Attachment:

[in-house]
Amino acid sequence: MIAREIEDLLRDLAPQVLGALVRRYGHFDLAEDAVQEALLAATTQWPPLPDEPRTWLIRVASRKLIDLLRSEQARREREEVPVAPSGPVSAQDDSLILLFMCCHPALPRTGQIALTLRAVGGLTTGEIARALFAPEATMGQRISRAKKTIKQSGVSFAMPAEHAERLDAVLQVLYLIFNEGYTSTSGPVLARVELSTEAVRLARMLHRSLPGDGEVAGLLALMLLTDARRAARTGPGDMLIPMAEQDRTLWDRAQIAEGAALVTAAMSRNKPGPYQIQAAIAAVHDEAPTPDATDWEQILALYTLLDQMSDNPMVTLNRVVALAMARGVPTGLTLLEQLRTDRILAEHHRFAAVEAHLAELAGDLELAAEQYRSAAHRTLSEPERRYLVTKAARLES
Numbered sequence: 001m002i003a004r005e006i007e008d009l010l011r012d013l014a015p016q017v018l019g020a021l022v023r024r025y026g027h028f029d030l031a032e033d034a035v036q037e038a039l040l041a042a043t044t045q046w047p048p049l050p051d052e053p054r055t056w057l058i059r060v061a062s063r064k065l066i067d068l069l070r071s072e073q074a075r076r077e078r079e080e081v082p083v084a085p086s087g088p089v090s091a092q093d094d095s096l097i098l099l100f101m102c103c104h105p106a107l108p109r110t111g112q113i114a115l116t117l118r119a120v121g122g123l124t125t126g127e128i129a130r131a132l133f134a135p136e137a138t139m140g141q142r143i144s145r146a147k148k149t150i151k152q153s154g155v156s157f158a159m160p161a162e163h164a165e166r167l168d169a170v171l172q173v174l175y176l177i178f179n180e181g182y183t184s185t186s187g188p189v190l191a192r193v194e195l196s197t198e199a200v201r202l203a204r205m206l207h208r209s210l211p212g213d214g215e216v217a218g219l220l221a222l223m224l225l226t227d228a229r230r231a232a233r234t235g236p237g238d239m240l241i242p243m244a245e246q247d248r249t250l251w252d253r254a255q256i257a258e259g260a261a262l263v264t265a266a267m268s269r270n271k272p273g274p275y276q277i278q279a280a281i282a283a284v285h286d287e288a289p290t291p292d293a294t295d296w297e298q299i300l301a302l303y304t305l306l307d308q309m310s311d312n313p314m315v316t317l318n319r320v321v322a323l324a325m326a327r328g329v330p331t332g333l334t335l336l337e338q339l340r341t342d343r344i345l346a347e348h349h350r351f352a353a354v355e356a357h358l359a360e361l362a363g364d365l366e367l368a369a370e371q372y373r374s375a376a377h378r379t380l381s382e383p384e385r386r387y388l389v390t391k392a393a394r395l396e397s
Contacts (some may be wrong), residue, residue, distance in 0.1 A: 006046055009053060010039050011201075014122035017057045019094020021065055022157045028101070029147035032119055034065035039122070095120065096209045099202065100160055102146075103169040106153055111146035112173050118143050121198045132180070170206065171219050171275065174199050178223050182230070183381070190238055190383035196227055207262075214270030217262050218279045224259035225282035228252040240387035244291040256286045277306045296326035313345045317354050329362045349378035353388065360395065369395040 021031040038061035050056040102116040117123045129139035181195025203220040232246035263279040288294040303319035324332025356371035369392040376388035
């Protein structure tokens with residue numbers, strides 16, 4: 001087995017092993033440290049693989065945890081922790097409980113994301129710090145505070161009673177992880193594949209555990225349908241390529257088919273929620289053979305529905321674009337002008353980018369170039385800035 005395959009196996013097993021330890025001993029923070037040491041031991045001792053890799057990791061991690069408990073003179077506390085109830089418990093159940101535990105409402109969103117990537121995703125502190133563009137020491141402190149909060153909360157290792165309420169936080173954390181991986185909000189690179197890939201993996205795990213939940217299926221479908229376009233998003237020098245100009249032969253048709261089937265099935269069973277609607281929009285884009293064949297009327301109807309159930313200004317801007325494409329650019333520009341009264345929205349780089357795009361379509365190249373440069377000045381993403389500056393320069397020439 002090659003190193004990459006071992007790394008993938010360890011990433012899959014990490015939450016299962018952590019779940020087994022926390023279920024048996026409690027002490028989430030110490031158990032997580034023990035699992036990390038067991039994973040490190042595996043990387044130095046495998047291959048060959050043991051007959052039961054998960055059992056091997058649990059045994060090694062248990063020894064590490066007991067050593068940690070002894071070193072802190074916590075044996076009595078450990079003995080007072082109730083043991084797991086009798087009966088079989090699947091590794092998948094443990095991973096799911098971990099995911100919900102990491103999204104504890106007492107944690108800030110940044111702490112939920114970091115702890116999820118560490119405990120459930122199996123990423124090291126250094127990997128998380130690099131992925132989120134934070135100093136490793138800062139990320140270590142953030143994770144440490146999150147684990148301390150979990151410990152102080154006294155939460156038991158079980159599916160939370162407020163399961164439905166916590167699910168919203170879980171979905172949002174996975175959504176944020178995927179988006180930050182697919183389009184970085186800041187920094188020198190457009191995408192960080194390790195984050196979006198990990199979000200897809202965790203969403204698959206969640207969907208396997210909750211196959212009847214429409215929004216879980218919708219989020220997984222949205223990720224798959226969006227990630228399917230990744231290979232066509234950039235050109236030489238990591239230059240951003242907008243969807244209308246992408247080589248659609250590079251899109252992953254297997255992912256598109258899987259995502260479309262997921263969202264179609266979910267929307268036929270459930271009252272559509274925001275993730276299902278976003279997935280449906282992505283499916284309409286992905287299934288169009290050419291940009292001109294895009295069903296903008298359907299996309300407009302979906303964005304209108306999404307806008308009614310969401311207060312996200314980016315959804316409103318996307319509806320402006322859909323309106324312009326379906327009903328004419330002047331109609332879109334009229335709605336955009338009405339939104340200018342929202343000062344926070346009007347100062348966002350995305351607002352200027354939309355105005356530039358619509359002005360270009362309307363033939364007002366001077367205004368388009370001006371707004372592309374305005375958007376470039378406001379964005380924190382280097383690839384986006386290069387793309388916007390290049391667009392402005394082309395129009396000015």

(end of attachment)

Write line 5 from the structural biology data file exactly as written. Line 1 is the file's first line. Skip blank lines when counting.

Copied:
């Protein structure tokens with residue numbers, strides 16, 4: 001087995017092993033440290049693989065945890081922790097409980113994301129710090145505070161009673177992880193594949209555990225349908241390529257088919273929620289053979305529905321674009337002008353980018369170039385800035 005395959009196996013097993021330890025001993029923070037040491041031991045001792053890799057990791061991690069408990073003179077506390085109830089418990093159940101535990105409402109969103117990537121995703125502190133563009137020491141402190149909060153909360157290792165309420169936080173954390181991986185909000189690179197890939201993996205795990213939940217299926221479908229376009233998003237020098245100009249032969253048709261089937265099935269069973277609607281929009285884009293064949297009327301109807309159930313200004317801007325494409329650019333520009341009264345929205349780089357795009361379509365190249373440069377000045381993403389500056393320069397020439 002090659003190193004990459006071992007790394008993938010360890011990433012899959014990490015939450016299962018952590019779940020087994022926390023279920024048996026409690027002490028989430030110490031158990032997580034023990035699992036990390038067991039994973040490190042595996043990387044130095046495998047291959048060959050043991051007959052039961054998960055059992056091997058649990059045994060090694062248990063020894064590490066007991067050593068940690070002894071070193072802190074916590075044996076009595078450990079003995080007072082109730083043991084797991086009798087009966088079989090699947091590794092998948094443990095991973096799911098971990099995911100919900102990491103999204104504890106007492107944690108800030110940044111702490112939920114970091115702890116999820118560490119405990120459930122199996123990423124090291126250094127990997128998380130690099131992925132989120134934070135100093136490793138800062139990320140270590142953030143994770144440490146999150147684990148301390150979990151410990152102080154006294155939460156038991158079980159599916160939370162407020163399961164439905166916590167699910168919203170879980171979905172949002174996975175959504176944020178995927179988006180930050182697919183389009184970085186800041187920094188020198190457009191995408192960080194390790195984050196979006198990990199979000200897809202965790203969403204698959206969640207969907208396997210909750211196959212009847214429409215929004216879980218919708219989020220997984222949205223990720224798959226969006227990630228399917230990744231290979232066509234950039235050109236030489238990591239230059240951003242907008243969807244209308246992408247080589248659609250590079251899109252992953254297997255992912256598109258899987259995502260479309262997921263969202264179609266979910267929307268036929270459930271009252272559509274925001275993730276299902278976003279997935280449906282992505283499916284309409286992905287299934288169009290050419291940009292001109294895009295069903296903008298359907299996309300407009302979906303964005304209108306999404307806008308009614310969401311207060312996200314980016315959804316409103318996307319509806320402006322859909323309106324312009326379906327009903328004419330002047331109609332879109334009229335709605336955009338009405339939104340200018342929202343000062344926070346009007347100062348966002350995305351607002352200027354939309355105005356530039358619509359002005360270009362309307363033939364007002366001077367205004368388009370001006371707004372592309374305005375958007376470039378406001379964005380924190382280097383690839384986006386290069387793309388916007390290049391667009392402005394082309395129009396000015």